In a third approach, users of user equipment devices inside and outside a home can use their media application to communicate directly with content source 416 to access content. Specifically, within a home, users of user television equipment 402 and user computer equipment 404 may access the media application to navigate among and locate desirable content. Users may also access the media application outside of the home using wireless user communications devices 406 to navigate among and locate desirable content.

In a fourth approach, user equipment devices may operate in a cloud computing environment to access cloud services. In a cloud computing environment, various types of computing services for content sharing, storage or distribution (e.g., video sharing sites or social networking sites) are provided by a collection of network-accessible computing and storage resources, referred to as “the cloud.” For example, the cloud can include a collection of server computing devices, which may be located centrally or at distributed locations that provide cloud-based services to various types of users and devices connected via a network such as the Internet via communications network 414. These cloud resources may include one or more content sources 416 and one or more media guidance data sources 418. In addition or in the alternative, the remote computing sites may include other user equipment devices, such as user television equipment 402, user computer equipment 404, and wireless user communications device 406. For example, the other user equipment devices may provide access to a stored copy of a video or a streamed video. In such embodiments, user equipment devices may operate in a peer-to-peer manner without communicating with a central server.

The cloud provides access to services, such as content storage, content sharing, or social networking services, among other examples, as well as access to any content described above, for user equipment devices. Services can be provided in the cloud through cloud computing service providers, or through other providers of online services. For example, the cloud-based services can include a content storage service, a content sharing site, a social networking site, or other services via which user-sourced content is distributed for viewing by others on connected devices. These cloud-based services may allow a user equipment device to store content to the cloud and to receive content from the cloud rather than storing content locally and accessing locally-stored content.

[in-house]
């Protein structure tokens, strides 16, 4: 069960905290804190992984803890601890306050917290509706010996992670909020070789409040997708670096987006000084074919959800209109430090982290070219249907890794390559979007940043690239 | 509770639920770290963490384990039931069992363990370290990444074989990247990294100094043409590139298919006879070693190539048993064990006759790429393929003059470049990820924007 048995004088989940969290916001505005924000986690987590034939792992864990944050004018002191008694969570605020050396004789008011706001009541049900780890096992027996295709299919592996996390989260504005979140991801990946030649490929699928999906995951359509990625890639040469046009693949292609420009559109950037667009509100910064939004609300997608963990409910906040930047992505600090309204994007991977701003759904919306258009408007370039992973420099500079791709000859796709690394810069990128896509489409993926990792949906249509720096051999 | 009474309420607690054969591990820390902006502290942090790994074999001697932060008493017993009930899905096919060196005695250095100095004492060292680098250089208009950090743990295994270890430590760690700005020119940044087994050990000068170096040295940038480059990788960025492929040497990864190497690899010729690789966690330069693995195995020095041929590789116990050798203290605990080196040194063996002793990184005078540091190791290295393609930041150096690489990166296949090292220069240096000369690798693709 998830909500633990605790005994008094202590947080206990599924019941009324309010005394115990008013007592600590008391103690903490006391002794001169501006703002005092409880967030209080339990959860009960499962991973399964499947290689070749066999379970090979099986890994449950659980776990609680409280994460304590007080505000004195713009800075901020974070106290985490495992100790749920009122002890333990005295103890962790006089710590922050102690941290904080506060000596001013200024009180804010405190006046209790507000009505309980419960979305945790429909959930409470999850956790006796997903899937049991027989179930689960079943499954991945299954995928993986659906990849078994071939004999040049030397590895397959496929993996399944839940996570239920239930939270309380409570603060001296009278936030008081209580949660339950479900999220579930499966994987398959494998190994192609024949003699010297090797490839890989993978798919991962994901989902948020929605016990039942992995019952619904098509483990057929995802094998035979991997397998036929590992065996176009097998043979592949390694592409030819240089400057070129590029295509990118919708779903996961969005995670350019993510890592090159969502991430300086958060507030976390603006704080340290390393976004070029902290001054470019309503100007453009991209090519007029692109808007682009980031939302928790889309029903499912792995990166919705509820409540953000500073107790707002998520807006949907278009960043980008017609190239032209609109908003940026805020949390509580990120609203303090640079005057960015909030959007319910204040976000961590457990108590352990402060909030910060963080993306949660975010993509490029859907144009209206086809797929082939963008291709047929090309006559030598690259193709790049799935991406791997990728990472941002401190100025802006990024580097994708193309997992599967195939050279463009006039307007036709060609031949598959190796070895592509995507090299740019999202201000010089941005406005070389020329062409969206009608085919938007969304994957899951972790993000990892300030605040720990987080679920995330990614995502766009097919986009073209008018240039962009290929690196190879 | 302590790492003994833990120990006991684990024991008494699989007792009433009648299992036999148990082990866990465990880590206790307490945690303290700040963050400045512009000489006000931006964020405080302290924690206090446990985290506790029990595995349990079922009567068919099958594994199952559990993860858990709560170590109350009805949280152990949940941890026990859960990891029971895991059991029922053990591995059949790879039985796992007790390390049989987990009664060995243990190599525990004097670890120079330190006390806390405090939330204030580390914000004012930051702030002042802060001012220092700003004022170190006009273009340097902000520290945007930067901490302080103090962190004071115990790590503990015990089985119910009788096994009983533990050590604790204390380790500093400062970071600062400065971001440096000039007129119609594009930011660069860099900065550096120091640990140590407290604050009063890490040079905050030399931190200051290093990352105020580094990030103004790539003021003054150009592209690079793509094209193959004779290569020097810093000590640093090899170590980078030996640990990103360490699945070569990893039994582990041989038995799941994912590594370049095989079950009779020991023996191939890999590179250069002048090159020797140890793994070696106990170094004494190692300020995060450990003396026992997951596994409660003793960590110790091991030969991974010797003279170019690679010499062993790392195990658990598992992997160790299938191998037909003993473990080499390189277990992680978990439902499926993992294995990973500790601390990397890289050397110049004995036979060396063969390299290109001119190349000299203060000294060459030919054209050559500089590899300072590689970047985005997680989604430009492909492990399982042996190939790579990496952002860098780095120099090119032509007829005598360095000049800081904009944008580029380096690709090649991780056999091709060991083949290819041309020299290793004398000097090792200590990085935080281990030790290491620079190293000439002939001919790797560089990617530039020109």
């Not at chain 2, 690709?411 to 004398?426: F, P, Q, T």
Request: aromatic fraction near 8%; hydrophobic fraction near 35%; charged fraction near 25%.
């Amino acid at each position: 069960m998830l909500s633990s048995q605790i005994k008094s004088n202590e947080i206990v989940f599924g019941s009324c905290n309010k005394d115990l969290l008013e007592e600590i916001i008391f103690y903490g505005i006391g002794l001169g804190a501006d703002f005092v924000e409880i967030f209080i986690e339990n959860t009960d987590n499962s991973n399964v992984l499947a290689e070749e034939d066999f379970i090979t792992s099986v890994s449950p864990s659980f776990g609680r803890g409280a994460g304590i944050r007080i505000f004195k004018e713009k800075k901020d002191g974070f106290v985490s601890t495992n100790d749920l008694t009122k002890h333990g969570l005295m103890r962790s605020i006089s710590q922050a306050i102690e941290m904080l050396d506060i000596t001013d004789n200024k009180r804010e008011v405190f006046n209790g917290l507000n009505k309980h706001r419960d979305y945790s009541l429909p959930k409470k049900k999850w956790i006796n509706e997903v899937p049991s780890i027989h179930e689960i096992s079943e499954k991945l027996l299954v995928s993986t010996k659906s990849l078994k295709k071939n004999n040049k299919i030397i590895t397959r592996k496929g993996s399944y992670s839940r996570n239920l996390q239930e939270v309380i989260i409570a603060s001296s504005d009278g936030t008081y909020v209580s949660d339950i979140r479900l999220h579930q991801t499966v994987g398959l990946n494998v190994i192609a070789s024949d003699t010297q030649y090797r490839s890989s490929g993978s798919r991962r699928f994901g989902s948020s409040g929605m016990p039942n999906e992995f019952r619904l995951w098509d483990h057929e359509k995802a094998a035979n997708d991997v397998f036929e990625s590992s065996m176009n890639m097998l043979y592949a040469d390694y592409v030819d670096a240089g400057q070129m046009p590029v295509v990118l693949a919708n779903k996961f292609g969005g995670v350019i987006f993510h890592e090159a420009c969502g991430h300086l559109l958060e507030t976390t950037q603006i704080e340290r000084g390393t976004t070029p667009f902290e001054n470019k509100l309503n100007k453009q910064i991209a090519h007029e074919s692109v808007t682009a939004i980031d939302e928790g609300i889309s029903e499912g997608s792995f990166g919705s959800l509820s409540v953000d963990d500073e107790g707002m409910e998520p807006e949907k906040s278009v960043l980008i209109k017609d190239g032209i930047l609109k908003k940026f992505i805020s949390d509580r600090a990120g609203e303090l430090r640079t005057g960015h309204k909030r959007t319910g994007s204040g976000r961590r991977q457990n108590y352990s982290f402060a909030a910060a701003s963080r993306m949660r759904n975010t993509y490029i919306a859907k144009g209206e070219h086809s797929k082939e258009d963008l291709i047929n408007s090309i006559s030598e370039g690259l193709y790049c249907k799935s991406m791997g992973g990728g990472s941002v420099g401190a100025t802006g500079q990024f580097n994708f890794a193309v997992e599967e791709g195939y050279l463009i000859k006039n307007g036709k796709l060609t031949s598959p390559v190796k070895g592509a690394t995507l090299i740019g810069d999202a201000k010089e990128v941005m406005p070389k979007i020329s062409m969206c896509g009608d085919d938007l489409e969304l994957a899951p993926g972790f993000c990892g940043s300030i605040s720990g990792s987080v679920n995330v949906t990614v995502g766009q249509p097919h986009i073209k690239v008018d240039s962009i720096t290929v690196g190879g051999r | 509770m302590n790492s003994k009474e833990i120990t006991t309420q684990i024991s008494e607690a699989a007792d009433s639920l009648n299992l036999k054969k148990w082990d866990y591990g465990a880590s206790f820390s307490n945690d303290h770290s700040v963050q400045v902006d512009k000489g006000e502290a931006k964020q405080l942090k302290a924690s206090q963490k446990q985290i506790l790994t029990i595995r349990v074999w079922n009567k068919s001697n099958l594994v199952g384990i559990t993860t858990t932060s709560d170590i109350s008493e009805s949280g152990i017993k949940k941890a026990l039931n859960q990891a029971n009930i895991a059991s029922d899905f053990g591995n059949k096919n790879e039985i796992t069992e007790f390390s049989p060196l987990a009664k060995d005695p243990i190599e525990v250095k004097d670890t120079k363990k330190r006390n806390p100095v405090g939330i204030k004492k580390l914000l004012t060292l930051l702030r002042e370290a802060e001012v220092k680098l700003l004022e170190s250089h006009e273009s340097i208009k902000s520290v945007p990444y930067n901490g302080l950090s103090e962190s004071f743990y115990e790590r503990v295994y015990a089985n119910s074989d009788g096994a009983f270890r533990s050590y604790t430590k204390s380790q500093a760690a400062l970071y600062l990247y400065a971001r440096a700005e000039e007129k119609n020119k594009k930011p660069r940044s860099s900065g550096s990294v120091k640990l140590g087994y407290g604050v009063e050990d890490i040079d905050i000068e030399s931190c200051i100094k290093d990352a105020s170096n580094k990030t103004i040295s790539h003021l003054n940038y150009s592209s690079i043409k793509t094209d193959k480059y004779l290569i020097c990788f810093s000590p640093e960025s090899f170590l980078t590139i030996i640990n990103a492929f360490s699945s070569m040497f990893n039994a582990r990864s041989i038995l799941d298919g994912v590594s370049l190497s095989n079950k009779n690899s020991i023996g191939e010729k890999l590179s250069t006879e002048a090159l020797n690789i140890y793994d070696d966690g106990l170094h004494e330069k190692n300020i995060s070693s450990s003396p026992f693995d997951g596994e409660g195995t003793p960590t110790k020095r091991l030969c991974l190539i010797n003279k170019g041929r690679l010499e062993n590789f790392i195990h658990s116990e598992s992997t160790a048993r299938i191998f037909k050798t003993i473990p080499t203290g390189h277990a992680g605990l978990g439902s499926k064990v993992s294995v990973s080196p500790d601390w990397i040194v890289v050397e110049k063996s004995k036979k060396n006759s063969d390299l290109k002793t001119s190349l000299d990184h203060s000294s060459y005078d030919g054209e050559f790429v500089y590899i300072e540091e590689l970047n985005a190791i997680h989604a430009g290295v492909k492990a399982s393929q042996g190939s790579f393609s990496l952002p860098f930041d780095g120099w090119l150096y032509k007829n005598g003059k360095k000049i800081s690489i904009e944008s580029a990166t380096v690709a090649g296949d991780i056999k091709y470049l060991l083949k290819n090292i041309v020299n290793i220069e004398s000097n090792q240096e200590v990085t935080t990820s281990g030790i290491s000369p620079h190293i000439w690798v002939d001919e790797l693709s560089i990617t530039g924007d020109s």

A user may use various content capture devices, such as camcorders, digital cameras with video mode, audio recorders, mobile phones, and handheld computing devices, to record content. The user can upload content to a content storage service on the cloud either directly, for example, from user computer equipment 404 or wireless user communications device 406 having content capture feature. Alternatively, the user can first transfer the content to a user equipment device, such as user computer equipment 404. The user equipment device storing the content uploads the content to the cloud using a data transmission service on communications network 414. In some embodiments, the user equipment device itself is a cloud resource, and other user equipment devices can access the content directly from the user equipment device on which the user stored the content.

Cloud resources may be accessed by a user equipment device using, for example, a web browser, a media application, a desktop application, a mobile application, and/or any combination of access applications of the same. The user equipment device may be a cloud client that relies on cloud computing for application delivery, or the user equipment device may have some functionality without access to cloud resources. For example, some applications running on the user equipment device may be cloud applications, i.e., applications delivered as a service over the Internet, while other applications may be stored and run on the user equipment device. In some embodiments, a user device may receive content from multiple cloud resources simultaneously. For example, a user device can stream audio from one cloud resource while downloading content from a second cloud resource. Or a user device can download content from multiple cloud resources for more efficient downloading. In some embodiments, user equipment devices can use cloud resources for processing operations such as the processing operations performed by processing circuitry described in relation to FIG. 3.

FIG. 5 is a flowchart of illustrative steps for generating a playlist in accordance with some embodiments of the disclosure. Process 500 may be used to generate a media playlist (e.g., playlist 224 (FIG. 2)) on display device (e.g., display 200 (FIG. 2)). It should be noted that process 500 or any step thereof, could occur on, or be provided by, any of the devices shown in FIGS. 3-4. For example, process 500 may be executed by control circuitry 304 (FIG. 3) as instructed by the media application (e.g., implemented on any of the devices shown and described in FIG. 4).

At step 502, the media application receives a selection of a category. For example, the media application may generate a playlist creation screen (e.g., display 200) on the display (e.g., display 312 (FIG. 3)) of a user device (e.g., user equipment device 402, 404, and/or 406 (FIG. 4)). The media application may then receive a user selection (e.g., via user input interface 310 (FIG. 3)) of category selection option 216 (FIG. 2)). In some embodiments, after the selection of one or more categories (e.g., via category selection options 216 and 218 (FIG. 2)) and a playlist play length (e.g., via playlist length option 220 (FIG. 2)), the media application may (e.g., using control circuitry 304 (FIG. 3)) generate a graphical interface (e.g., graphical interface 100 (FIG. 1A-B)).